Good, bad, ugly of restaurant work featured at ‘Kitchen Ethical’ event – National Consumers League

By Michell K. McIntyre, Director of NCL’s Special Project on Wage Theft

How would you like to work for a week and at the end of your pay period receive a voided check? Or have to choose between going to work with the flu or not being able to pay for groceries for your children? Or have to rely on the kindness of customers to cover 70 percent of your wages or know that management it taking a cut of your tips? For too many restaurant workers, that’s reality and is just the tip of the iceberg.

Earlier this month, NCL co-hosted Kitchen Ethical with Restaurant Opportunities Centers United (ROC-United). Kitchen Ethical concentrated on the good, the bad and the ugly of the restaurant industry.  The event consisted of two panels: Success & the Ethical Employer – with two DC-based restaurant owners who believe and provide all their employees with paid sick days and employ ethical work practices; and Taking Off the Gloves – with restaurant workers sharing their stories of wage theft abuses, trying to survive on the federal tipped minimum wage of $2.13 an hour and the real consequences of the lack of paid sick days.

As someone who has never worked in the restaurant industry, it’s hard to imagine working and not receiving a paycheck. As consumers, we have some power to affect change in a way that fines and regulations are not. Restaurants need customers in order to be successful, and — if customers demand change — then owners will have to listen.

Did you know that if you leave your tip on your credit card, your server might not receive their tip? Last year, celebrity chef and restaurant owner Mario Batali and his business partners were successfully sued for $5.25 million for a tip skimming scheme, a wage theft abuse. Unfortunately, this is not a one-time occurrence but is something that probably happens in a large portion of restaurants in the nation. But if we tip in cash, we can help eliminate this form of wage theft.

The lack of paid sick days not only puts workers in jeopardy but it also puts all consumers at risk. With the current flu epidemic at near record highs, the lack of paid sick days becomes a public health issue as well as a food safety issue. Who knows how safe or germ-free your food is if either your server or chef is sick?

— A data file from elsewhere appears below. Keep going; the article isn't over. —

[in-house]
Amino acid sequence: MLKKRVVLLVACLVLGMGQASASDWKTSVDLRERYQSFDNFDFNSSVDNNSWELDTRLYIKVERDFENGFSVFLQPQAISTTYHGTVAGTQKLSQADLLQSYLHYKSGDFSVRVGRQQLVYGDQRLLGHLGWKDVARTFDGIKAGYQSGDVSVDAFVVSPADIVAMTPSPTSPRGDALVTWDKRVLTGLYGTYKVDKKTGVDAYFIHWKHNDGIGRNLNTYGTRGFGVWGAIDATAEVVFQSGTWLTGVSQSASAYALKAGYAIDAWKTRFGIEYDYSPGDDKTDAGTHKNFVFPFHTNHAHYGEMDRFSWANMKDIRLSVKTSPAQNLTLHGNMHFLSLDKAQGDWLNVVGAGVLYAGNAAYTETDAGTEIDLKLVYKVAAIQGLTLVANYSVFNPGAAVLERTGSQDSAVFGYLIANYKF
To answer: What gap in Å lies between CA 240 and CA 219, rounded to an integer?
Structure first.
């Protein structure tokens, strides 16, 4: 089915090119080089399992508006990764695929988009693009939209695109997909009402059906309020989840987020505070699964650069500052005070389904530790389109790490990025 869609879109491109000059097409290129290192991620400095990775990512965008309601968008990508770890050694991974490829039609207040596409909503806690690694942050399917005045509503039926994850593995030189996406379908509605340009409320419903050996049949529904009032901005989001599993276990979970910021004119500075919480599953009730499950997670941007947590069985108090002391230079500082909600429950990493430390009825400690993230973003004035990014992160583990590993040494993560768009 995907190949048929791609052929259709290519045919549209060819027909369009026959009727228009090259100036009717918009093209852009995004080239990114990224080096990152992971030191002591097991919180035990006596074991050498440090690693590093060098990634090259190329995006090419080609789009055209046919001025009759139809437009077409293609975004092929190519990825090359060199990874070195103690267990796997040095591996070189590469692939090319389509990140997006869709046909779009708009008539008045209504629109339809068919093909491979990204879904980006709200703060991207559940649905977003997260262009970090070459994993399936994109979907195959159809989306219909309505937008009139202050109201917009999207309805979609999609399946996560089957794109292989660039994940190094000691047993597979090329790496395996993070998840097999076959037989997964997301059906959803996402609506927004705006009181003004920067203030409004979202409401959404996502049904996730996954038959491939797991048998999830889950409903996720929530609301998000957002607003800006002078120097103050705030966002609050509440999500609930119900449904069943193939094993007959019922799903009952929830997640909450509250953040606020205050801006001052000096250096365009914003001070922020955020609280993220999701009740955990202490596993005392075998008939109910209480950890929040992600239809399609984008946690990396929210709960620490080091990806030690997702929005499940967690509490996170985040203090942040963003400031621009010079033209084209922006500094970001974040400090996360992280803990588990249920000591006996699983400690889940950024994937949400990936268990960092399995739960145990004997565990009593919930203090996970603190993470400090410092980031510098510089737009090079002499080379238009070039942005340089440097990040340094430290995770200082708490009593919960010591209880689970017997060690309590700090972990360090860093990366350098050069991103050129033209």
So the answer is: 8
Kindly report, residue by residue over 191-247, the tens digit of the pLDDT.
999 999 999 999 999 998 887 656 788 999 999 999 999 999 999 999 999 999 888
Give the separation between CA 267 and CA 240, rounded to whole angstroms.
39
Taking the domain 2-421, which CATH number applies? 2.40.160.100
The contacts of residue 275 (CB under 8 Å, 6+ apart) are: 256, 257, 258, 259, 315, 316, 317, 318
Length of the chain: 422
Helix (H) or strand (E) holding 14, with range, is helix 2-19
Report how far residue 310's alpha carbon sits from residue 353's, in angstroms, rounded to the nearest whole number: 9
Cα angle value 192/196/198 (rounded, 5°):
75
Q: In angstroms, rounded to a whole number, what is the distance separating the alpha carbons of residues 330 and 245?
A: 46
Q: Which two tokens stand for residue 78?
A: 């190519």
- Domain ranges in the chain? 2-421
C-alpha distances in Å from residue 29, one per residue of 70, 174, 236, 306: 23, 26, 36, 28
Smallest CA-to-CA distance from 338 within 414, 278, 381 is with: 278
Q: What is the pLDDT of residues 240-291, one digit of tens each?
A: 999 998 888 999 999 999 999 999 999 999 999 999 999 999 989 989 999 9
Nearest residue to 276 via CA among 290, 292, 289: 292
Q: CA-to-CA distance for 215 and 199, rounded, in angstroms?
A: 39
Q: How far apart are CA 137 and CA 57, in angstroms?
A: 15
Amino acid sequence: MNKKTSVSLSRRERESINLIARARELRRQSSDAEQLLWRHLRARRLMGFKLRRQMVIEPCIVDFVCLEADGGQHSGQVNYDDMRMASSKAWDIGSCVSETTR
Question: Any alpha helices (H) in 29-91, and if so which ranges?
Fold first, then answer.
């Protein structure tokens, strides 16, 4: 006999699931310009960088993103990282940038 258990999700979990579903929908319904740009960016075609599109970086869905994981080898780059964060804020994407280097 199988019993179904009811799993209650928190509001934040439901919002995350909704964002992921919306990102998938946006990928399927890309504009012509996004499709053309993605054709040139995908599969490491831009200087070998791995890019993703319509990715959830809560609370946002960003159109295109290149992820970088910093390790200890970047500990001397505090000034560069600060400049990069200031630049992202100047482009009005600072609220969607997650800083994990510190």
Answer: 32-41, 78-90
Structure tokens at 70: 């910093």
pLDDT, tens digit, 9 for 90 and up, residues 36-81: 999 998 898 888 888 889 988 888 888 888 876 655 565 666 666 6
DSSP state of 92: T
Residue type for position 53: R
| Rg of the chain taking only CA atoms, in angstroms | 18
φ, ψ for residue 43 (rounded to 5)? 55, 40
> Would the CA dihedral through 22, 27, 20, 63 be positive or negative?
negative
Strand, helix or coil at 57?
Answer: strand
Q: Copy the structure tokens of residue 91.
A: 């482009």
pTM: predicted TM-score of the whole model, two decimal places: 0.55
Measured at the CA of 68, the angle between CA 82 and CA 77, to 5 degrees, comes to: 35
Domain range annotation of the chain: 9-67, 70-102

For about 22 years, since 1991, the federal tipped minimum wage has been stuck at an appalling $2.13 an hour. According to NCL’s survey, released on the same day as Kitchen Ethical, 87 percent of consumers agree that it is time to raise the tipped minimum wage. Tipped workers are supposed to make up the remainder of their wage with tips from their customers. According to ROC-United’s 2011 Behind the Kitchen Door study, the median wage for restaurant workers is $8.90 an hour and based on a 40 hour week comes to just under the poverty line for a family of three. Any way you slice it, it’s not enough to survive on.

So what can we do? If there is only one thing you remember when eating out, let it be that as customers, we can affect change in this vital industry that desperately needs it.  Workers’ health and well-being not to mention livelihood are put in danger when unethical business practices are allowed to flourish. Public health and food safety suffer when business owners cut corners and deny their workers paid sick days and worker survival is at a great risk when the government prohibits poverty level wages and wage theft abuses are permitted. We, as voters, need to encourage our representatives to pass worker friendly legislation. As consumers, we need to demand that places we patronize treat their workers with the respect and dignity. No worker should have to work while sick, be paid a poverty wage, or worry that their employer is cheating them out of their hard-earned money.

Check out video clips from Kitchen Ethical.